Around here in eastern PA where I live, Redbuds are a common landscaping tree. I know the flowers and very young pods are edible, but I'm curious to see if anyone has a good way to consume the mature seed pods, once the hulls turn dry and brown and the seeds harden.
I've seen people say that this is a food best consumed in season, but I would really like to be able to store the seeds throughout the winter as more of a staple food source. The trees around here produce tremendous amounts of seed pods, and they hang onto the tree throughout winter, have little to no problems with pests, and are easy to separate from the hulls.
I tried toasting them in a dry frying pan, but they were still fairly chewy. Then I ground them up into a flour, mixed it with some water, and tried to fry it, but that was a complete failure. I will continue to experiment, perhaps trying to cook them like lentils, but if anyone has any proven methods, please let me know. Thanks!
Some years back I was looking for this information... I never found any historical information as to the edibility of the mature seeds, or pods. On the other hand, I also did not find anything saying that the seeds are poisonous. At that time, I only found one instance of one random person on the internet cooking these as if they were lentils. I do not remember the forum, but this person posted this one subject, not to be heard from again...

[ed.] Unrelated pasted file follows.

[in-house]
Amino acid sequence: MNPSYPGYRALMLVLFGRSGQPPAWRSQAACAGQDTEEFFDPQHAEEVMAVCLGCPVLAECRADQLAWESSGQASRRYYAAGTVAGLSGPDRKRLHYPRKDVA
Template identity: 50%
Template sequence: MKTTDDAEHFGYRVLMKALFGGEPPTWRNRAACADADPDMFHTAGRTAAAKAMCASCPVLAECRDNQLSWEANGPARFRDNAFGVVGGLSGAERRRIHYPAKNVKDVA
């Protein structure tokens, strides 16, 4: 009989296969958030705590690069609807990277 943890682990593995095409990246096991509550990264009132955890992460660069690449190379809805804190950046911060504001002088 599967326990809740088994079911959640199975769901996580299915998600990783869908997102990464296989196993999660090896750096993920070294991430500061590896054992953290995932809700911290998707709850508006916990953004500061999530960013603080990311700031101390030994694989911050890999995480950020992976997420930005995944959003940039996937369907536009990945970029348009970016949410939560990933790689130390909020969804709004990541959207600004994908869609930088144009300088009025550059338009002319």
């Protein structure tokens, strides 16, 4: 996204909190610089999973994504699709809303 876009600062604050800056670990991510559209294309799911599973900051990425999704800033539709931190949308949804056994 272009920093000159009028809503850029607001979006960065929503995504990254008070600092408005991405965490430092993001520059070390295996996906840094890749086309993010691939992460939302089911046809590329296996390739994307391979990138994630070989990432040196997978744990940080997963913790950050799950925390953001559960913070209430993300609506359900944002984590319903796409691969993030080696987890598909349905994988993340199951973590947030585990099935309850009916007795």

Hmmm. Could have been poisoned, could have been someone "pulling the leg" of those "idiots" (like me) who eat wild plants.
I have used the green pods in the same way as snow peas. Use before the "string" (like on green beans) is thick and hardened. Note, they do not taste like snowpeas. They have a nifty citrus taste. It's good stir fried with onions, garlic and peppers, with bitter wilted greens, served over rice.
I have dehydrated the green pods at this stage, and used them in soups. I've also pulverized the dehydrated green pods into a flour-ish consistency, replacing 1/4 of the wheat flour in bread recopies. We liked it.
posted 8 months ago
Thanks for your input, Joylynn! I plan to try soaking them overnight and then cooking them like lentils; I'll follow up when I do and let you all know how it goes
I have never heard of anyone eating mature redbud seeds either. I checked PFAF and they only list them as having potentially toxic saponins and note that saponins are generally dealt with by cooking (as in with beans). So, eating these is not likely to kill you. But they might not sit well with you either, particularly if you don’t cook them as you would dry beans. Since PFAF mentions that the seeds have saponins like beans, I would not eat them unless they were cooked like dry beans: soak them over night, discard the soaking water, and then cook as you would beans. Since you are volunteering as a lab rat, please report on the results of this experiment! 😸